"Mr. Walker: Then I offer it in evidence.

 "Q. 10 Will you please explain to the Court where in that garment the constricting effect is furnished? A. The constricting function is furnished in the side panels, the horizontal elasticity of the side panels.

 "Q. 11 The back panels are inelastic horizontally, back and front panels are inelastic horizontally, Mr. Warner? A. They are.

 "Q. 12 Are they elastic vertically? A. They are elastic vertically.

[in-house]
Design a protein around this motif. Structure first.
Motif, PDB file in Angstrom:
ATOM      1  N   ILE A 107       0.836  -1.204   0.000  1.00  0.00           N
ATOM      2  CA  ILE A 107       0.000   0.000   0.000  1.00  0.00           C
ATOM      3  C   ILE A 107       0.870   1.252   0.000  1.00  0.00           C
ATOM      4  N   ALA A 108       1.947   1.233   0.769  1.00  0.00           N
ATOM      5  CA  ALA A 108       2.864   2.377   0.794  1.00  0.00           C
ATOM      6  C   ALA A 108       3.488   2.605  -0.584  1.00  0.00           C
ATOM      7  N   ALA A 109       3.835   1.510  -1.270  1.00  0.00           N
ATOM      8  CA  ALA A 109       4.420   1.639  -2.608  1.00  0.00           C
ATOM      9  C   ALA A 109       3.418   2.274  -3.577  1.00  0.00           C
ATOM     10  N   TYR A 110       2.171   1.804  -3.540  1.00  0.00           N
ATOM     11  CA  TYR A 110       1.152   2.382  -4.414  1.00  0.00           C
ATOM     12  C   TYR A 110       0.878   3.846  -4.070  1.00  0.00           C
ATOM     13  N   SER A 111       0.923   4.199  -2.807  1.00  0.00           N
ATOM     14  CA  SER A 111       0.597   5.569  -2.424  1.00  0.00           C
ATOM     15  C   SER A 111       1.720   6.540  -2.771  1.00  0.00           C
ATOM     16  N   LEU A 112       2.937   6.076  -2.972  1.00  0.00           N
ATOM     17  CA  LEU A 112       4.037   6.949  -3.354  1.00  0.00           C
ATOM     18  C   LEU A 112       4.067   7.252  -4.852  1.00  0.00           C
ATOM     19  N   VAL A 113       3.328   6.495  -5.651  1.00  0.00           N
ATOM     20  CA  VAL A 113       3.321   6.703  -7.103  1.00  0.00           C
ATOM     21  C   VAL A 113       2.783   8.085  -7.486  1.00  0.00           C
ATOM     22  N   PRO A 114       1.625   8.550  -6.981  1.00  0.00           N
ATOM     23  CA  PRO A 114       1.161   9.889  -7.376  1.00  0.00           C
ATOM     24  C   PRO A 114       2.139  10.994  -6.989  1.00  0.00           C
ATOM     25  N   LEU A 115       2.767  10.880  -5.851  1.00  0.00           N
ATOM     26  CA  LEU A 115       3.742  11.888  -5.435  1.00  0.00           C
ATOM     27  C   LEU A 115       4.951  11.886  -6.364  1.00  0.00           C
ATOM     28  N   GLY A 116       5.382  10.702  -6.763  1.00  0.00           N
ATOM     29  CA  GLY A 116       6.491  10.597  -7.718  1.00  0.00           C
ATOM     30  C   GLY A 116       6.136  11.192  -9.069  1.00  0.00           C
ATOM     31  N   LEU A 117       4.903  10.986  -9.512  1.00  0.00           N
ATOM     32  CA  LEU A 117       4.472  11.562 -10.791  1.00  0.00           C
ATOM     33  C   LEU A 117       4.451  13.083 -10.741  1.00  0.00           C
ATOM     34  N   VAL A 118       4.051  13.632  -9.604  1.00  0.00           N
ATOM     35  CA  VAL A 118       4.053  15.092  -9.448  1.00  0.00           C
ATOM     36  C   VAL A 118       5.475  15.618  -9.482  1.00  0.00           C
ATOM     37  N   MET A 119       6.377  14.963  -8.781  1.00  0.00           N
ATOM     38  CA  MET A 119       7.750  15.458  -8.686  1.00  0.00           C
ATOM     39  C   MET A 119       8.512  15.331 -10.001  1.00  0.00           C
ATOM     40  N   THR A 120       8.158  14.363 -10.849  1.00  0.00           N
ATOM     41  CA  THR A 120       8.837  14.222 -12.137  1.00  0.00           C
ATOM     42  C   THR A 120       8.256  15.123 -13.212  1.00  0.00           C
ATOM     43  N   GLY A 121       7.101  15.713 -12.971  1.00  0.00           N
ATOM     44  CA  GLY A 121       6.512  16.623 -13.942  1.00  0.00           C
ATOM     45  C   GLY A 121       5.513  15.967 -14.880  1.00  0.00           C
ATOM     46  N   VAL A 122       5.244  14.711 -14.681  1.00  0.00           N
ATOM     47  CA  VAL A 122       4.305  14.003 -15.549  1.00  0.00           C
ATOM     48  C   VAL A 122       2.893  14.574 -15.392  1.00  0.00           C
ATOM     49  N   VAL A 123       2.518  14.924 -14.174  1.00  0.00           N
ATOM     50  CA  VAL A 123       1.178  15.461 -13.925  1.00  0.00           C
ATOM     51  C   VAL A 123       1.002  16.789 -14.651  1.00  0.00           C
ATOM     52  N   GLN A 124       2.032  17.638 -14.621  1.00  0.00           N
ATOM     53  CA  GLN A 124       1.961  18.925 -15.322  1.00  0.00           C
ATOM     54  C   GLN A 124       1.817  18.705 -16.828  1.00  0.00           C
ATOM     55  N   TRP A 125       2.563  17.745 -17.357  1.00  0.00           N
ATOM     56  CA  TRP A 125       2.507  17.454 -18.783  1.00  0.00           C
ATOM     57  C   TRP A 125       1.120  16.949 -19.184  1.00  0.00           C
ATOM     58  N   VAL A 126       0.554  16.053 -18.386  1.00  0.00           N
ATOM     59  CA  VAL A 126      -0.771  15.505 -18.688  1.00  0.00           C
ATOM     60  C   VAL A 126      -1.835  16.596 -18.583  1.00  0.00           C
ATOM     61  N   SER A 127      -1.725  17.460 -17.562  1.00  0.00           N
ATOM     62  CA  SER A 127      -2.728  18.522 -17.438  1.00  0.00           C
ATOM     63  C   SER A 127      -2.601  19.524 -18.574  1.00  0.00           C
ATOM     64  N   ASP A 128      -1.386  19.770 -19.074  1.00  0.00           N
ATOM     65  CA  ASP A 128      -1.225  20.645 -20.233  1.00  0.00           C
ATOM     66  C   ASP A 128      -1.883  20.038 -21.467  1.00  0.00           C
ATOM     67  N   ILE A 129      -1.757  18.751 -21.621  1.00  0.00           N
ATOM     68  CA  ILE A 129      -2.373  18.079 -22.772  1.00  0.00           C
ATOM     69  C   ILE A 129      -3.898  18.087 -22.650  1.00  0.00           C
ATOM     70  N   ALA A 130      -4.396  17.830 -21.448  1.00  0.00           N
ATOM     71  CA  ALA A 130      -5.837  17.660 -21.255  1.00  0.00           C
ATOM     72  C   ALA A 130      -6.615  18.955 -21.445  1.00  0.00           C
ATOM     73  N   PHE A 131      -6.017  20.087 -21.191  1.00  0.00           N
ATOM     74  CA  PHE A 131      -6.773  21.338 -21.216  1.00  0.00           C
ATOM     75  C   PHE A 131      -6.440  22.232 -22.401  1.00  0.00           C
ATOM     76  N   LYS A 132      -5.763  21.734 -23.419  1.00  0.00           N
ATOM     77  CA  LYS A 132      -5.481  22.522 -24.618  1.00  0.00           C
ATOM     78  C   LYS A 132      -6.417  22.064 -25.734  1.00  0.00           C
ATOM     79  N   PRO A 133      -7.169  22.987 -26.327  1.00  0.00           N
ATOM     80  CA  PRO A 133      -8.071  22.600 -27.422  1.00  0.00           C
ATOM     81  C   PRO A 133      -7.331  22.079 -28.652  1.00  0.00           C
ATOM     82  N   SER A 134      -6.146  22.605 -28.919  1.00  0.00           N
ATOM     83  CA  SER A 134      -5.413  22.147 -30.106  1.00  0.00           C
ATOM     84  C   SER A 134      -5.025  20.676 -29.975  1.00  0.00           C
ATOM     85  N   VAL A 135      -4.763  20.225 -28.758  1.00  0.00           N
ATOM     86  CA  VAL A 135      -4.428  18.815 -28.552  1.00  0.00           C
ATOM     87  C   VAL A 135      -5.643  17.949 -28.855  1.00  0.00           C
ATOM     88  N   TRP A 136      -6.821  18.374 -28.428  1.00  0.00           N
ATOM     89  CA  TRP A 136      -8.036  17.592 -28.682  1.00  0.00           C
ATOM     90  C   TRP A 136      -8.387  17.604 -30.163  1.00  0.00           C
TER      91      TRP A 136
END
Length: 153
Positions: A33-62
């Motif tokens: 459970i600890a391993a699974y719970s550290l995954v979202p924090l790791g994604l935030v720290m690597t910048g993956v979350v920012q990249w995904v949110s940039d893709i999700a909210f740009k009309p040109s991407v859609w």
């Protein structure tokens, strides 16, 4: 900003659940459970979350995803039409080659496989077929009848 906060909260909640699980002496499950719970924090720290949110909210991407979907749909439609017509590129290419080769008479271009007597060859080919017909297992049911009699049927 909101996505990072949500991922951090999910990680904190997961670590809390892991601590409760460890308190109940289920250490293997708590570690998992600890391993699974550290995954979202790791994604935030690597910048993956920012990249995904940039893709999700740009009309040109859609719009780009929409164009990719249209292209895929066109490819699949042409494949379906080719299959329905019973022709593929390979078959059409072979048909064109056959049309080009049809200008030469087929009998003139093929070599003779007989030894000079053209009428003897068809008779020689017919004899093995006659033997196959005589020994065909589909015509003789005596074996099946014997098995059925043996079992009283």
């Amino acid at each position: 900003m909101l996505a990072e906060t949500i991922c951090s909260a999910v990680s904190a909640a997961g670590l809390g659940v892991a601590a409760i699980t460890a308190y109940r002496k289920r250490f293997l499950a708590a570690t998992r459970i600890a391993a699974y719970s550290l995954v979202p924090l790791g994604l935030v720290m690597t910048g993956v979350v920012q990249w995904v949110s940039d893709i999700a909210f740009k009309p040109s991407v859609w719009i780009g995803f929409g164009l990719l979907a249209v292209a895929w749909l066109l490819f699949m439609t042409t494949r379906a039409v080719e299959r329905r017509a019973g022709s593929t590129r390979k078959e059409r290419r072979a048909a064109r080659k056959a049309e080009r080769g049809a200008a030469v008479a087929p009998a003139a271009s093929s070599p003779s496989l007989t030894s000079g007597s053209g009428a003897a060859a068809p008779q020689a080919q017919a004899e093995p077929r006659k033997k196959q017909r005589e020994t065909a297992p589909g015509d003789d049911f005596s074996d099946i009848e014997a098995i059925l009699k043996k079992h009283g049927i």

"Q. 13 Will you explain to the Court the reason for that, speaking first of the back panel? A. The reason for the elasticity vertically of the back panel is because if that were not elastic vertically the garment will ride up on the figure. The problem of corseting a woman about the hips involves keeping it in place so that it won't slide out of place, in which case it does not perform the function for which it is intended. In a sense, a woman does not stand erect or stand still all the time, but sits down, kneels down, leans down to pick up things from the floor, and so forth, in her ordinary life. When she wears a garment that has no vertical elasticity extending from about the hip-bone on one side to about the hip-bone on the other side and around her back, the garment that she wears will slide up unless it is held so firmly down by hose supporters anchored to the stockings that it simply can't slip, in which case it will come down. In other words, we know by measurements that when a woman leans over the hinge of the body, or at the point where the legs are joined to the body, causes an elongation from the waist-line down over the buttocks to a point below the buttocks. That elongation, according to the size of the woman and her general conformation, will be from two to four inches, so that that line actually measures from about two up to about four inches more when she sits down in a chair than when she is standing erect.